As its influence continues to grow, the target on TikTok’s back is getting much, much bigger in the U.S.
TikTok CEO Shou Zi Chew is being summoned to Capitol Hill by the House Energy and Commerce Committee to testify on March 23 on the company’s consumer privacy and data security practices, the platform’s impact on kids and its relationship with the Chinese Communist Party.
The hearing was announced in a very short but strongly worded press release. The committee claimed, “ByteDance-owned TikTok has knowingly allowed the ability for the Chinese Communist Party to access American user data. Americans deserve to know how these actions impact their privacy and data security, as well as what actions TikTok is taking to keep our kids safe from online and offline harms. We’ve made our concerns clear with TikTok.”
A spokesperson for TikTok issued a statement to various news outlets saying the committee’s claims are baseles and the company has not provided the Chinese government with U.S. user data. This comes after the app faces an official ban on U.S. government-issued devices on Feb. 27.
There are a few things the U.S. government is attempting to accomplish with this high-profile and very public summon. First, it is a message to China that the U.S. will not sit back and willingly allow its national security to be compromised by the Communist Party. Second, it adds to the messaging that lawmakers are not slowing down its pace of regulatory crackdowns on Big Tech giants with outsize influence.
And just like we thought a few years back when President Donald Trump attempted to outright ban the China-based social media app in the country, this new wave of government regulation is very serious.
According to findings from the most recent Harvard Caps/Harris Poll conducted in mid-January, it appeared the government’s actions to regulate TikTok aligns with American voter sentiment. The survey found 55% of U.S. voters said they think we need more regulation on consumer privacy and security on the internet, and 49% thought the government needed to regulate social media more than it does now.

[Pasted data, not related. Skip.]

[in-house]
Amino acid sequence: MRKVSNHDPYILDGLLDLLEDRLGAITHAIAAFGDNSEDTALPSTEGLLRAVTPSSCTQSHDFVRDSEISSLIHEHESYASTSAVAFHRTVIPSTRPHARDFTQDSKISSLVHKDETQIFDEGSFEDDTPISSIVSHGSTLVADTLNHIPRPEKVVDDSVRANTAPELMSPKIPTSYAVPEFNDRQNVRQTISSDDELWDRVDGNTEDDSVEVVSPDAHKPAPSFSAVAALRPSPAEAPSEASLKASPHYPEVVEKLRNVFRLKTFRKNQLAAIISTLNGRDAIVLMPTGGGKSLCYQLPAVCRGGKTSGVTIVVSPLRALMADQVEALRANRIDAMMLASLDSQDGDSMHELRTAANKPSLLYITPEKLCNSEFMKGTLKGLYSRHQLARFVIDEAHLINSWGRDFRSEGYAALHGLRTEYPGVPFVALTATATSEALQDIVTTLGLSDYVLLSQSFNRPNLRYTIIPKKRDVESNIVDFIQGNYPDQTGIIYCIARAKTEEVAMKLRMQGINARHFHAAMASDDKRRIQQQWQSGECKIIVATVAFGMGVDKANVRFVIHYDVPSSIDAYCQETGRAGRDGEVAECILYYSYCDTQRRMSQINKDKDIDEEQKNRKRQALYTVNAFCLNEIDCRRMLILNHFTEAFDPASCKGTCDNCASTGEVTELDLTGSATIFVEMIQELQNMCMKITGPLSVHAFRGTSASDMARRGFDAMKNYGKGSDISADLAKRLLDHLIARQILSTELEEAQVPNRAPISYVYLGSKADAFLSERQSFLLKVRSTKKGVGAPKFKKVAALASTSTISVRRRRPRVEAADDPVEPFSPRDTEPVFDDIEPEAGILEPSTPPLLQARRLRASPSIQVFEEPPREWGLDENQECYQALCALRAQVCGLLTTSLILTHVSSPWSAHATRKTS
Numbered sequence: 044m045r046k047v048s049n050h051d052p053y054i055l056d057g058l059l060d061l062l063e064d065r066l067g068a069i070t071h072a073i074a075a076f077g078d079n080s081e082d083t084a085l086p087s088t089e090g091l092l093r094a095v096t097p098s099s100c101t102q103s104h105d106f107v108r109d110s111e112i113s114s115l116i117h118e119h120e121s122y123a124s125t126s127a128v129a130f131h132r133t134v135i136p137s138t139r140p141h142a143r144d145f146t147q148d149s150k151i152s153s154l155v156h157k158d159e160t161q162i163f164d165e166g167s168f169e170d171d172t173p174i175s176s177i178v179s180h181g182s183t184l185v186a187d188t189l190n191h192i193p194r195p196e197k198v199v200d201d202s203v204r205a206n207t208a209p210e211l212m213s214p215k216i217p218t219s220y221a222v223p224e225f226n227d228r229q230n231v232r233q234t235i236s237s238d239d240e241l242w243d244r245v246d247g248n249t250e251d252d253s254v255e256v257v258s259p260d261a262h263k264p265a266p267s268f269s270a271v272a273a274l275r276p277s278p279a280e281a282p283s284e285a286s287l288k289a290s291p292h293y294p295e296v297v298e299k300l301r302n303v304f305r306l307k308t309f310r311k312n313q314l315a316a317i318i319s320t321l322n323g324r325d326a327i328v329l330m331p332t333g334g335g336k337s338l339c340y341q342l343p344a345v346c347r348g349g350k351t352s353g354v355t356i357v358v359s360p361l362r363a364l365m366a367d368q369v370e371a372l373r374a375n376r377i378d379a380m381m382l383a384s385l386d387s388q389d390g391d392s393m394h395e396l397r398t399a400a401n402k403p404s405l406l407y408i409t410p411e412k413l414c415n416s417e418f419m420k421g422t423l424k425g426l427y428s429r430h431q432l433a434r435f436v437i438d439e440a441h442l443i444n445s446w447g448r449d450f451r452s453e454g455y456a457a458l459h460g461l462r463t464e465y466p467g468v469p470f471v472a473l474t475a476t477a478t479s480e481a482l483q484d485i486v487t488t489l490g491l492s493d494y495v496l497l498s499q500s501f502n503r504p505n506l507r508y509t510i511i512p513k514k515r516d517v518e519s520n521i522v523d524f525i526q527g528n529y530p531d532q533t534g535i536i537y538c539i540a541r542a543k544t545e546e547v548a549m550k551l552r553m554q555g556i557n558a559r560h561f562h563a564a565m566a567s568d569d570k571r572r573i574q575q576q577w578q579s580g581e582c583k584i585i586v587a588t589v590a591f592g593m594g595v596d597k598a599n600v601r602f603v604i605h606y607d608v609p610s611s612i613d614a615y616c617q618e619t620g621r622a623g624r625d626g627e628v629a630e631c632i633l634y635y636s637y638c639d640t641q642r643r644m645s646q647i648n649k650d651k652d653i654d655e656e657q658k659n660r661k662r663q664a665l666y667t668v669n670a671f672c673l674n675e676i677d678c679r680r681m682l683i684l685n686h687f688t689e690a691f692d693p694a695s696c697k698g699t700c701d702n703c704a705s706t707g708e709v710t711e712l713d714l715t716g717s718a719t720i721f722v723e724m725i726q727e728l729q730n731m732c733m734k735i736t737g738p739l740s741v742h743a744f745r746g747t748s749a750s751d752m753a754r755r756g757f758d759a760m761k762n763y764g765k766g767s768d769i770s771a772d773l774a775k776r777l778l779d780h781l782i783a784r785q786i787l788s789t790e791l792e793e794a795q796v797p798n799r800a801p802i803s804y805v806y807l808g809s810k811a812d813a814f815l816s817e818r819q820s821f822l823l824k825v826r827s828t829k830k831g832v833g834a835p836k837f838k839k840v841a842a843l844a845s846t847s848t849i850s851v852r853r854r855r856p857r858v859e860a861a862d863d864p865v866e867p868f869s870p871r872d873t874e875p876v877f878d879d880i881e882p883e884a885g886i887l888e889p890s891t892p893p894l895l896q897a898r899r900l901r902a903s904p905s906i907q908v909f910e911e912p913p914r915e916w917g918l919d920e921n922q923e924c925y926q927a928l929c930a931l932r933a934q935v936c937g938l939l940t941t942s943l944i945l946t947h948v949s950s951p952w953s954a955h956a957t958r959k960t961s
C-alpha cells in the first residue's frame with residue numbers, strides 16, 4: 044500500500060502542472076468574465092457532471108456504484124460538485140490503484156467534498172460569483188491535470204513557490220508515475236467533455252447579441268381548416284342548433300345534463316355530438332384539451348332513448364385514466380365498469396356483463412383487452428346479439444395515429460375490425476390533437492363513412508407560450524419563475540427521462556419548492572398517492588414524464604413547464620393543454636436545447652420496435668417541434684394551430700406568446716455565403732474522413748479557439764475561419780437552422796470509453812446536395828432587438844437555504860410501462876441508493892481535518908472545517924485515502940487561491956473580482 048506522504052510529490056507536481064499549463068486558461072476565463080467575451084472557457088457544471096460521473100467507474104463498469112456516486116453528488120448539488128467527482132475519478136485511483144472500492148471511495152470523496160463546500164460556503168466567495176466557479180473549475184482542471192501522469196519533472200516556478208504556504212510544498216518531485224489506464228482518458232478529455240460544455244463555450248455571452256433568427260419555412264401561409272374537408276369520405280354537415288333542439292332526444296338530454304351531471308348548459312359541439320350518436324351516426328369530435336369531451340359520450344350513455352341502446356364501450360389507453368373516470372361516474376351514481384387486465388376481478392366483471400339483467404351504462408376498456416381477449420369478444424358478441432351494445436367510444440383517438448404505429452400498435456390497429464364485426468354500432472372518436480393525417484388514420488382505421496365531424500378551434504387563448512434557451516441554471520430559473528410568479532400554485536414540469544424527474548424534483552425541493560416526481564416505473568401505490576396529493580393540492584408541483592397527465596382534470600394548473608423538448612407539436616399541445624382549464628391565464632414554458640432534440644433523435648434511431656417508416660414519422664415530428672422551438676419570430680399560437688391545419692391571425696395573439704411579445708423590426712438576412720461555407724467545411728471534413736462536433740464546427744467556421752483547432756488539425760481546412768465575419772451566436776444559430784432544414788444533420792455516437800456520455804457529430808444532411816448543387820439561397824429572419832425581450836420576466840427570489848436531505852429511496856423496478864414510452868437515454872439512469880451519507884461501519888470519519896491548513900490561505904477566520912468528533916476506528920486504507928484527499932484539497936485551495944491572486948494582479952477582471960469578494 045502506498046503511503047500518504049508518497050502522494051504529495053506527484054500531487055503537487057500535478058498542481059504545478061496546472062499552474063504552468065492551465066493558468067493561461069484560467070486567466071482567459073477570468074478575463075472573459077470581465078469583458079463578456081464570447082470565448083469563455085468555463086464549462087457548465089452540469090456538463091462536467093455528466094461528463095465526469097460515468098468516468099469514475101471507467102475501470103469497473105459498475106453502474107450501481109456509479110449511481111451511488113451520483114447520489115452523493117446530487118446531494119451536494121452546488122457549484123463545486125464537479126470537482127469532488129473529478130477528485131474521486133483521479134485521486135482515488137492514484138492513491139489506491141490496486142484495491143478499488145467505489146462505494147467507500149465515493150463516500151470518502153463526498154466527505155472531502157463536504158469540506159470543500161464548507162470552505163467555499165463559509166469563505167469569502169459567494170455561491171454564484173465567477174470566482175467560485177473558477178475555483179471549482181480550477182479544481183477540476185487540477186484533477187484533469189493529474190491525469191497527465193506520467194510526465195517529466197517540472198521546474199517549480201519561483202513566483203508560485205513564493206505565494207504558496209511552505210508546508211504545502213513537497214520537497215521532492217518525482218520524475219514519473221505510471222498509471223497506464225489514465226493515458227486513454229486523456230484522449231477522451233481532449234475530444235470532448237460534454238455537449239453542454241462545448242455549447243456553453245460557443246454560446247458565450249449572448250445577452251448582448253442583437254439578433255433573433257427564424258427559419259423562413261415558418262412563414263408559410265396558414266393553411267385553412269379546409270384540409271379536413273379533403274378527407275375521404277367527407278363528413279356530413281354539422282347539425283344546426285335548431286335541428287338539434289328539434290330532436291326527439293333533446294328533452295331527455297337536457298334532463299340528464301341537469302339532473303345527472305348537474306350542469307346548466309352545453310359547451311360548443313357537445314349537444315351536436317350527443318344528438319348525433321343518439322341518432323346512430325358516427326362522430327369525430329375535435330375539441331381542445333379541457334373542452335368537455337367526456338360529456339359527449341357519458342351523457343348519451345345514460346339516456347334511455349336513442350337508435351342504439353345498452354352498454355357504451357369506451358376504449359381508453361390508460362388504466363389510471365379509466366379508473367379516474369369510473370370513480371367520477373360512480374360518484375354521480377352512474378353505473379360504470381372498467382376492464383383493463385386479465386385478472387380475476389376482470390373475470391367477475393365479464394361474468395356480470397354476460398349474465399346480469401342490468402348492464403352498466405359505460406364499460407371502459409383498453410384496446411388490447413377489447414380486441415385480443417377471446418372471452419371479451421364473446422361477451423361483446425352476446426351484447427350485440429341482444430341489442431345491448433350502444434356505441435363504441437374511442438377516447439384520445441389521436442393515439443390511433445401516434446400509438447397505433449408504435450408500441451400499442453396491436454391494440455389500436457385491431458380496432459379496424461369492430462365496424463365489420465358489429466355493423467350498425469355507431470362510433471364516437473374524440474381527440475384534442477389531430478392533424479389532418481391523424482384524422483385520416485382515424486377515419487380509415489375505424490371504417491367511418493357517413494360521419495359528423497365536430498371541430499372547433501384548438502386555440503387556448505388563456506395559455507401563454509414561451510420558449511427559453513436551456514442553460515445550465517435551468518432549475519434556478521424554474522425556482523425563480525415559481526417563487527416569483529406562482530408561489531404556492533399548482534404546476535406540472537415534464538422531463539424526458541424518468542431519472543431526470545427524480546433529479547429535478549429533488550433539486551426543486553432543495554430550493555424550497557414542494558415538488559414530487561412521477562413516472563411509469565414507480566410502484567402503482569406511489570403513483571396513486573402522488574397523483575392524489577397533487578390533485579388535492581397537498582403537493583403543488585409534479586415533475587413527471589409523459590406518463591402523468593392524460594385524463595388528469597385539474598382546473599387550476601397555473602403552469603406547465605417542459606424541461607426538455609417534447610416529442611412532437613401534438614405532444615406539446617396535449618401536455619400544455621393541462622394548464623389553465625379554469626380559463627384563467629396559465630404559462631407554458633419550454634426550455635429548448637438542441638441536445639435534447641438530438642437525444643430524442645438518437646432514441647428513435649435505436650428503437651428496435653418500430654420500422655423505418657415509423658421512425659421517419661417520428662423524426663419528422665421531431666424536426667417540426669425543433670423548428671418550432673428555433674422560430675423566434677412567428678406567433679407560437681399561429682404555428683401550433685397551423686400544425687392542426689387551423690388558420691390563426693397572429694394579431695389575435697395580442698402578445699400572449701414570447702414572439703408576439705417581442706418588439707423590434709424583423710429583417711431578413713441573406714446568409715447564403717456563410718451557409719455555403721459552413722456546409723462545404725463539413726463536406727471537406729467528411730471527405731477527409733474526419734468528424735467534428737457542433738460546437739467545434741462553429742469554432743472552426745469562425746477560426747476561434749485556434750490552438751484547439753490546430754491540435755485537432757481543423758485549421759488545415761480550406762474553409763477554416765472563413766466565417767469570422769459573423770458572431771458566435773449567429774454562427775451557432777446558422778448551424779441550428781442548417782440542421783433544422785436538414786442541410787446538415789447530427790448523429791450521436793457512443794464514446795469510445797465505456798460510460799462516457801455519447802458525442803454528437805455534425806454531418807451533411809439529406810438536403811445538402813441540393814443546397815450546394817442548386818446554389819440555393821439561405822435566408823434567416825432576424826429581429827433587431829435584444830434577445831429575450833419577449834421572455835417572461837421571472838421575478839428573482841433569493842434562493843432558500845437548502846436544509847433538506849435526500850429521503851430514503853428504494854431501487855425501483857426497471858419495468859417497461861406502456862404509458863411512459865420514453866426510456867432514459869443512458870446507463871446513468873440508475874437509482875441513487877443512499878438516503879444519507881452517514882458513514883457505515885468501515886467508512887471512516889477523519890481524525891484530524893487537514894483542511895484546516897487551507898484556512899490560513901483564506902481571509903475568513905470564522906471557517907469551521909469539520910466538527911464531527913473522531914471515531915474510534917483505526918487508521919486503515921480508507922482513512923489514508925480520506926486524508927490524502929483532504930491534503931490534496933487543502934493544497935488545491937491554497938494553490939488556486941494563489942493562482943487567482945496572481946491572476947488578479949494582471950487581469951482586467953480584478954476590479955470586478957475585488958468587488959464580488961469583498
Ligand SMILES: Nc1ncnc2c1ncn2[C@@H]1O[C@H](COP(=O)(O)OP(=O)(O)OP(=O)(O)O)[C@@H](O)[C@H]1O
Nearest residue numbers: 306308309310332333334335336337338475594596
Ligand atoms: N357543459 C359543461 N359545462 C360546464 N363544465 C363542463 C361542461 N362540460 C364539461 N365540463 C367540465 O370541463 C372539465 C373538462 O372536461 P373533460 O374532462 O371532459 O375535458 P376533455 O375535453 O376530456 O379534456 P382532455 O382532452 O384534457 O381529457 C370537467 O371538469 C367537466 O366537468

There’s a lot at stake for TikTok, and that’s because there is potentially a lot at stake for TikTok users and their private information. Though there have been quite a few questionable situations, the most recent incident regarding Forbes journalists was particularly shocking and showed just how easily user information could be compromised if the company was determined to do so.
Even as public trust in TikTok and parent company ByteDance continues to be called into question; the real question is whether anything will ultimately be done to better regulate the app in the U.S. despite all these efforts from lawmakers.
The TikTok debacle is reminiscent of two quite different scenarios we’ve seen in the past. First is the U.S. government’s battle with Chinese tech giant Huawei. It was a long process that really kicked into high gear in 2018, but ultimately the U.S. was successful in banning Huawei from U.S. communication networks. Much like TikTok, there were extreme concerns of friendliness with the Chinese government. In November, the Biden administration banned the sale of new Huawei and ZTE telecom equipment.
On the flipside, if previous Big Tech regulation is any sort of indication, TikTok could get away with prolonging meaningful regulation for many years. Just look at the current fight between the Department of Justice and Google. After lawmakers approved various acquisitions in the past, the DOJ is now looking to break up Google’s online ad business, calling it an antitrust violation.
One challenge with years-long regulatory battles is the price tag. TikTok and parent ByteDance have already been aggressively lobbying in DC. In 2022, the company spent $5.4 million in federal lobbying, which was a 4% increase year-over-year. That number is only expected to grow as ByteDance looks to push back on further bans in the U.S.
Despite the gravity of the regulation situation, there really is no telling what will ultimately happen with TikTok in the U.S. on the consumer front. TikTok was the most downloaded app globally and in the U.S. for the third year in a row. ByteDance’s video editing app CapCut also moved to the fourth spot in 2022, up from nine in 2021.
From a consumer standpoint, TikTok is often viewed as a fun place to connect with others, but it has a lot of influence as well. According to a Pew Research Center survey, about a quarter of U.S. adults under the age of 30 said they regularly get their news from TikTok. It has yet to be proven, but there are many questions about pro-China content being pumped to American audiences.
As we learned through the Facebook-2020 election drama, there is a dangerous amount of risk with the spread of possible misinformation across social media platforms.
An outright TikTok ban in the U.S., like the one President Donald Trump attempted, and the ban in India might be a possibility down the line. But the road will be both time and energy consuming for everyone involved. The U.S. would need definitive proof that TikTok was violating U.S. user information and colluding with the Chinese Community Party.
In the meantime, TikTok’s popularity and influence in the U.S. will continue to grow, making it even harder to impose serious crackdowns if the time were eventually to come. But both sides of the aisle in Washington are on board with intense regulatory crackdown on TikTok, and that alone can prove to be a real headache for the company for a long time ahead.